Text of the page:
Work in Crypto: Tips and Insights From #1 Crypto Job Board Founder

Quit a job thanks to crypto profits or get a job in crypto space to have even more profits? This interview will make you think

Quit a job thanks to crypto profits or get a job in crypto space to have even more profits? This interview will make you think

Our guest today is Raman, founder of Crypto Jobs List. Raman was looking for a job in the crypto space and went on to creating, #1 job board for crypto and blockchain companies. In this interview he is walking us through his own crypto adventure and sharing insights from inside the hiring process.

— Could you introduce yourself please? Just a few words about yourself and your project.

Sure, so I’m Raman, the founder of CryptoJobsList, the leading job board for blockchain and cryptocurrency jobs. I started back in 2017 and so far we have almost 4 000 jobs from over a thousand companies (exchanges, protocol companies, wallets, Web3, DAOs, DeFi startups, NFT startups, and so on) and about 57 000 applications. Using this platform you can just apply to jobs, create a time profile page, benchmark your salary against other people who work in crypto space. We do a bunch of other things, everybody can check out our stats — we try to be as transparent as possible.

— How did you come up with the idea of creating Crypto Jobs List?

After I first heard about crypto and BTC in 2014, I was still busy with my previous startup. It wasn’t very successful and ended up sunsetting. I was realizing that if I were to get a full-time job again it might as well be in crypto, since engineering is my main background. I was applying to engineering positions in crypto companies and my experience was pretty tough. In 2017 it was also very hard to find all opportunities in one place or just find them in general and I realized that I can put together a list of jobs in crypto. I’ve heard job boards are a thing and apparently they could be successful. I think that’s where the project took off and I quickly realized the most important part here is not about the business, but it’s more about helping grow the crypto community and helping grow the crypto ecosystem overall.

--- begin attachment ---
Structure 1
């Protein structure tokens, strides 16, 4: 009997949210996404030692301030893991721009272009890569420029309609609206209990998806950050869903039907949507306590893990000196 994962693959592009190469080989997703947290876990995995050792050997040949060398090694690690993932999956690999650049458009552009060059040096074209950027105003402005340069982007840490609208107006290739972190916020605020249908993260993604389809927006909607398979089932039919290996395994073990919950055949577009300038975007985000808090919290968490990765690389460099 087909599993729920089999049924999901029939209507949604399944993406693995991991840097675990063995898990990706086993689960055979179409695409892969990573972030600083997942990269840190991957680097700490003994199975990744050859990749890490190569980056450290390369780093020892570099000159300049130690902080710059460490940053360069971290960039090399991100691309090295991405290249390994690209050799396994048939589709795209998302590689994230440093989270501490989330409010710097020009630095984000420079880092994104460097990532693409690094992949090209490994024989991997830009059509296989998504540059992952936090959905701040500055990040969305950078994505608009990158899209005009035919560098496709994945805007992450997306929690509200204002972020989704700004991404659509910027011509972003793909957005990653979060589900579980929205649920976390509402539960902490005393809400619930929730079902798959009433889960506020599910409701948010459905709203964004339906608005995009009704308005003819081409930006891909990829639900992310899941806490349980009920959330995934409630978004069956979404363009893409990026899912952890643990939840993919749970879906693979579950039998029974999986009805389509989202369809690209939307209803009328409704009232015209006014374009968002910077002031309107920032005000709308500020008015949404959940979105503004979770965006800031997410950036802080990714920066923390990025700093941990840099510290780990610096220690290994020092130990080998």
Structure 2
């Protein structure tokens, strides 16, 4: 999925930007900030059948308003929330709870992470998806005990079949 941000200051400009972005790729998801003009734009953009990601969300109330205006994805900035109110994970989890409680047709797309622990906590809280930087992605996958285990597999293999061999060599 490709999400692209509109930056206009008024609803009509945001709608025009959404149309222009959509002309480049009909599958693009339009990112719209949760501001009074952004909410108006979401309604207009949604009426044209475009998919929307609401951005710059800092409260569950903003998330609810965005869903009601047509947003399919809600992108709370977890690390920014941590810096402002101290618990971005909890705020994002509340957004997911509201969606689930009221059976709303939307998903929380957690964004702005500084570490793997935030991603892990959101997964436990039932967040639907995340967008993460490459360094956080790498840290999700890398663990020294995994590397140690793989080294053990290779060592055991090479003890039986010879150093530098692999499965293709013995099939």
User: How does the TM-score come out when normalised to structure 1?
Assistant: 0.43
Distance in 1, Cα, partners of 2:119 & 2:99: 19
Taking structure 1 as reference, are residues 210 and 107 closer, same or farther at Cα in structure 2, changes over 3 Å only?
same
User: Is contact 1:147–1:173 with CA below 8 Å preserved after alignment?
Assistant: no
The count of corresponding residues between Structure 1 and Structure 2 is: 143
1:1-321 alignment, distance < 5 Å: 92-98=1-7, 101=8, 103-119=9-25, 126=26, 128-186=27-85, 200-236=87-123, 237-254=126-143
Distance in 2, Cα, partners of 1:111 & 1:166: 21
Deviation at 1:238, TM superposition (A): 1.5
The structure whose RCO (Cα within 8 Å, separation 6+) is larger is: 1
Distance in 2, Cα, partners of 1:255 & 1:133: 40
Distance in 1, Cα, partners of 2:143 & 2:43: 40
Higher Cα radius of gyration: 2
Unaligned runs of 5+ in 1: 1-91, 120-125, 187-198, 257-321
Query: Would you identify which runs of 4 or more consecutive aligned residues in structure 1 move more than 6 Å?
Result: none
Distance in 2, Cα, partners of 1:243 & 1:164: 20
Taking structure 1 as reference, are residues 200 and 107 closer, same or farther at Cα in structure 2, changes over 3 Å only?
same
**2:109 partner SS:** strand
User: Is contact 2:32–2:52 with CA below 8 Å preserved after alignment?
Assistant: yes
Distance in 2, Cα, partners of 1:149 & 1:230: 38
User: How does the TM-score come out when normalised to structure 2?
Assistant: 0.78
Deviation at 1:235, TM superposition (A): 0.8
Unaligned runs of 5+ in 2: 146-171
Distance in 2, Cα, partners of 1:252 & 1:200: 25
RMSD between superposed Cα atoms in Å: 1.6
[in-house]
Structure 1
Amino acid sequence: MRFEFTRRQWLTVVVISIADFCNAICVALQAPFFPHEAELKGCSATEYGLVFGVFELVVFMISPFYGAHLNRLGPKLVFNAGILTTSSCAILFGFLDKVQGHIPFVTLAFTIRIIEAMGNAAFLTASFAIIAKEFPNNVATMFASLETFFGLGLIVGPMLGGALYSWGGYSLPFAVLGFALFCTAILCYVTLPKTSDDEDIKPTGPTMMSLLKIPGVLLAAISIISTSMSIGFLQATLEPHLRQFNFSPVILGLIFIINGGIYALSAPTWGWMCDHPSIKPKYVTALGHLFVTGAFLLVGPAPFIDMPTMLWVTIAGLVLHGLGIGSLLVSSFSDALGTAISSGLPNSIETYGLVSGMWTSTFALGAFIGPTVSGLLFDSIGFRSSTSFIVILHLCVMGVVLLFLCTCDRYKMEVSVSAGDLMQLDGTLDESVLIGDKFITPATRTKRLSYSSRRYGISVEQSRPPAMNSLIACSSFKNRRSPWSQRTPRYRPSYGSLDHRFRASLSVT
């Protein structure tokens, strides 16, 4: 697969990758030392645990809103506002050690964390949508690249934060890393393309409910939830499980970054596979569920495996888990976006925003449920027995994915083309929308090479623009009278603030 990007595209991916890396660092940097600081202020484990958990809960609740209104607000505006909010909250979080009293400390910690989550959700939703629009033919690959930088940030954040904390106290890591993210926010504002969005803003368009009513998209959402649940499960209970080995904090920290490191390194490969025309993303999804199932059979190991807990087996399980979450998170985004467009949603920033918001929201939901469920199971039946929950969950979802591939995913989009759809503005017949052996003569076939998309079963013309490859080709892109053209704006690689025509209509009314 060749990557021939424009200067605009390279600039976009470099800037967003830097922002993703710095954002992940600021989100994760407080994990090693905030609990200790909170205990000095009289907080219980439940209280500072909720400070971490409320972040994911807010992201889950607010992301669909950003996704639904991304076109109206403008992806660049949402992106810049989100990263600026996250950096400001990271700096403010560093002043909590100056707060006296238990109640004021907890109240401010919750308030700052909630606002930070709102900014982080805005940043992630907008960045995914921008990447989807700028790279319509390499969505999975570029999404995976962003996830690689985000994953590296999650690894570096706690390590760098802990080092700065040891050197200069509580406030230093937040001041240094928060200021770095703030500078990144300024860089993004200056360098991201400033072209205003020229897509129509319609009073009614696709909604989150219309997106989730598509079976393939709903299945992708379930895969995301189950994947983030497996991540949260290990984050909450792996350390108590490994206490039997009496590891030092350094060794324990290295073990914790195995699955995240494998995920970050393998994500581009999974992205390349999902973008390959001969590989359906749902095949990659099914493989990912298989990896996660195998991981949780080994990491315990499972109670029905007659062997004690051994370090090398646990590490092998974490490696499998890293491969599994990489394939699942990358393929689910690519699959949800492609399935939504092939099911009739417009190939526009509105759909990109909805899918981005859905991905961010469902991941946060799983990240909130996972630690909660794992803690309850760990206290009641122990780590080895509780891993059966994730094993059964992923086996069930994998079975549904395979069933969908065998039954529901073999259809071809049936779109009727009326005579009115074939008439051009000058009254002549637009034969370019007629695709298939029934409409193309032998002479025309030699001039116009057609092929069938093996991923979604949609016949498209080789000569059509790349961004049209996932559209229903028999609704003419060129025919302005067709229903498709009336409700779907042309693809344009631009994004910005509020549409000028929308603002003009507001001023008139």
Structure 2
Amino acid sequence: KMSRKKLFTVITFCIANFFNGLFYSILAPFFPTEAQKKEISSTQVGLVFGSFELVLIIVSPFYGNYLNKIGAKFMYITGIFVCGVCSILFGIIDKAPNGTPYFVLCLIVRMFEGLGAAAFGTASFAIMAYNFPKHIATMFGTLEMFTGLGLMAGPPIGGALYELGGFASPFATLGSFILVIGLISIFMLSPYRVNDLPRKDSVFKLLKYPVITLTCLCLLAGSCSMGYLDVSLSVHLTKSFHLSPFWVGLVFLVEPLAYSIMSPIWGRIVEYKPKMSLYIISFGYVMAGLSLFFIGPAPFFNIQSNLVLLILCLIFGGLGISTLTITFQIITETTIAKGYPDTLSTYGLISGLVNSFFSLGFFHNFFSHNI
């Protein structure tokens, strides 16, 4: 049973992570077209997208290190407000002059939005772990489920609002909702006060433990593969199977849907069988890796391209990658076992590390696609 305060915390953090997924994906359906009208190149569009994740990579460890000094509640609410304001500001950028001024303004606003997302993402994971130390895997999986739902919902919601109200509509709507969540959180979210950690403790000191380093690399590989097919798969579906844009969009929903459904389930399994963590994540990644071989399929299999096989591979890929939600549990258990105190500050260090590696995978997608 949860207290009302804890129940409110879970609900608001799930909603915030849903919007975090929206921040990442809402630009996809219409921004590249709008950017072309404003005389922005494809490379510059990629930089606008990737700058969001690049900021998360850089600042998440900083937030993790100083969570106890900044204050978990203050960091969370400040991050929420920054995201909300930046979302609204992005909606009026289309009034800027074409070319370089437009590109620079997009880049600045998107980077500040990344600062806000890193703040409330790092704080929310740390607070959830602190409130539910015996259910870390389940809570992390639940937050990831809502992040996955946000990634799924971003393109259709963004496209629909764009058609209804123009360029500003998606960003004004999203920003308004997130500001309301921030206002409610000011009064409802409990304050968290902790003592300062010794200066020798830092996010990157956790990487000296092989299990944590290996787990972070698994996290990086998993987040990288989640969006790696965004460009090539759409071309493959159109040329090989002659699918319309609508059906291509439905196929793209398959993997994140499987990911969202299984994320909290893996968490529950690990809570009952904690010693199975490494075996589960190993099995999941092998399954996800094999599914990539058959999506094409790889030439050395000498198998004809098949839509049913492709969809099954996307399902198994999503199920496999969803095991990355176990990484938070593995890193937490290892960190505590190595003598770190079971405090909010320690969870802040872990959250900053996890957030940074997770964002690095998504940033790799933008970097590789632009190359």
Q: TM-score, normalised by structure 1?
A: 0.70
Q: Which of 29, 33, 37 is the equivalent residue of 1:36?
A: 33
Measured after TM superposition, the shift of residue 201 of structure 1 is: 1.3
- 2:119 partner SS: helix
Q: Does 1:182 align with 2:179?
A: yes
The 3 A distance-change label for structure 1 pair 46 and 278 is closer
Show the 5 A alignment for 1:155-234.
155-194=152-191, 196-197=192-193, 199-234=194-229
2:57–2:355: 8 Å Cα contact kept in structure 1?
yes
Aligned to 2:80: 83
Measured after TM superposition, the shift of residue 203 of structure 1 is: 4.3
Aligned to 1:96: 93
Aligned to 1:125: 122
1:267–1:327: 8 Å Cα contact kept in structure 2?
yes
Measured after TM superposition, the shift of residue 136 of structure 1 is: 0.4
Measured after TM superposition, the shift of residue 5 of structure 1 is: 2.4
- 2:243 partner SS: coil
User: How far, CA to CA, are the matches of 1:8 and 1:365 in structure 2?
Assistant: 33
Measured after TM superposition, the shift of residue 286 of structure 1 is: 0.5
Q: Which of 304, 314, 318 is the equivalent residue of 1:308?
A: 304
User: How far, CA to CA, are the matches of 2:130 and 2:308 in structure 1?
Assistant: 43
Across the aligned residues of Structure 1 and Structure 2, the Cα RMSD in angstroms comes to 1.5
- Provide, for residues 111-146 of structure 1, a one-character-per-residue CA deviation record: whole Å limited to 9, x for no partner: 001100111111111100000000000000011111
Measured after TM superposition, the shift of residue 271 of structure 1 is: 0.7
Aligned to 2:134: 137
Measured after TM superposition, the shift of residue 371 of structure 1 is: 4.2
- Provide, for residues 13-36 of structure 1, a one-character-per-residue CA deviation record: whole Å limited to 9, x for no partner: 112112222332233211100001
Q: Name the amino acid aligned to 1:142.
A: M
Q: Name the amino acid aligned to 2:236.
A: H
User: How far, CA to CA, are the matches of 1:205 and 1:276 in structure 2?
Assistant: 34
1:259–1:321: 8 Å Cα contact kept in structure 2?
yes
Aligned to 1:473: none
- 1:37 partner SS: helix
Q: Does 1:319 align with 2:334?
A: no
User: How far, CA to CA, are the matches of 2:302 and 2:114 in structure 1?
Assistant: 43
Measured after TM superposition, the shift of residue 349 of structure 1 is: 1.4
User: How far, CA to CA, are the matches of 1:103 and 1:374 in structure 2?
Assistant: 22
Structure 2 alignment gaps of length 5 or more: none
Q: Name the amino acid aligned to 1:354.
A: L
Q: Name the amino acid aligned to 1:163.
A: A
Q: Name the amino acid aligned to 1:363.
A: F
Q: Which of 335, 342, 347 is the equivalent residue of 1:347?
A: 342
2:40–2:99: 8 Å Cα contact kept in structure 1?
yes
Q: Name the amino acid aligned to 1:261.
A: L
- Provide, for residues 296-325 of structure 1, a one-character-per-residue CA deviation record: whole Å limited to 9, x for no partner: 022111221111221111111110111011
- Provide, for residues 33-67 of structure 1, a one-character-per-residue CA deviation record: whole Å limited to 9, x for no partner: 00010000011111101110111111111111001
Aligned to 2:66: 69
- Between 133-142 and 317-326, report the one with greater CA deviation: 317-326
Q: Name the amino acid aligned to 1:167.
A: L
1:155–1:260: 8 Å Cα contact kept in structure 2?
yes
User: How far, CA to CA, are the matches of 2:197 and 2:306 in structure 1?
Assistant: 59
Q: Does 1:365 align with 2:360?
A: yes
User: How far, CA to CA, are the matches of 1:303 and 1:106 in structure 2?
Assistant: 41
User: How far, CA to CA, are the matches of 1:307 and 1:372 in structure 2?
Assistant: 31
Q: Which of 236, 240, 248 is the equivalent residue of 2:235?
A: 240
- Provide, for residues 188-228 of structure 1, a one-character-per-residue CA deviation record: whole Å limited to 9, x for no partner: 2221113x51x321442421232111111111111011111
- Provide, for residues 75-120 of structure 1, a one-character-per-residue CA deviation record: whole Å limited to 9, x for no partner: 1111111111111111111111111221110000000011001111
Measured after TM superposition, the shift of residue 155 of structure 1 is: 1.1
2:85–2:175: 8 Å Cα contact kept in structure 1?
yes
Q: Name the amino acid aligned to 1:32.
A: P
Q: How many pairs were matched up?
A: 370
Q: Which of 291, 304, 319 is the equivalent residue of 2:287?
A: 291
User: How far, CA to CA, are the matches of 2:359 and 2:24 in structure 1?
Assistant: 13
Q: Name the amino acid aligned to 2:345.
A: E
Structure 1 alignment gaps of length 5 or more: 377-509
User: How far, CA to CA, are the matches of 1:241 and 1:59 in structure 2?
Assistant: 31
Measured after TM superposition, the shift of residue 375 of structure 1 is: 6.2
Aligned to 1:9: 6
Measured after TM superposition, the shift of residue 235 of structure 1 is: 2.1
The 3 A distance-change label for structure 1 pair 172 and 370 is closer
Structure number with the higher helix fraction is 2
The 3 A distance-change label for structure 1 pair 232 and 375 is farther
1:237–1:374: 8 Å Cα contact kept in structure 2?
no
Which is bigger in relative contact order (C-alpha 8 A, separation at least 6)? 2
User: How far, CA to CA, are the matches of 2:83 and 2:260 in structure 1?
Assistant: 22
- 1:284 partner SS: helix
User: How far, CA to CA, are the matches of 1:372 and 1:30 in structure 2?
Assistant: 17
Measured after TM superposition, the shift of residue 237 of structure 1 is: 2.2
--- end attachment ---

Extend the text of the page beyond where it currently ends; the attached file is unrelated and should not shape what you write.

There’s one big myth that you need to have a PhD in math to be able to work in crypto which is very far away from the truth.

— What are crypto companies looking for when hiring?

Generally I would categorize all the opportunities that companies post on Crypto Jobs List into two general camps: technical and non-technical positions. There’s one big myth in crypto that you need to have a PhD in math to be able to work in crypto which is very far away from the truth. There are a lot of non-technical positions. Within non-technical positions — content marketing, community management, meme generation — every project typically needs several people who are able to execute those functions. And I think that’s one of the easiest ways to get into crypto space especially if you’re non-technical. Some companies even post complete meme jobs ad that go viral. Those jobs are real, these companies just want to attract the right people and they know if they write it in crypto style, they will attract the right people who understand the language. And within technical, I think the biggest demand would be for solidity developers right now, because EVM is such a popular execution environment and there are a lot of chains that are adopting it outside of Ethereum itself. But there is a high demand for more traditional tech roles: devops, webdev, back-end, front-end. Designer positions is a bit of an interesting space: I’ve been noticing way too many designers wanting to work in the crypto space but there are not enough open positions which is kind of surprising.

That’s something that I usually recommend people to do — start writing. You can just write your opinions, share your journey in the cryptocurrency space, share what you learn. I think that’s one of the great ways of getting started if you’re non-technical.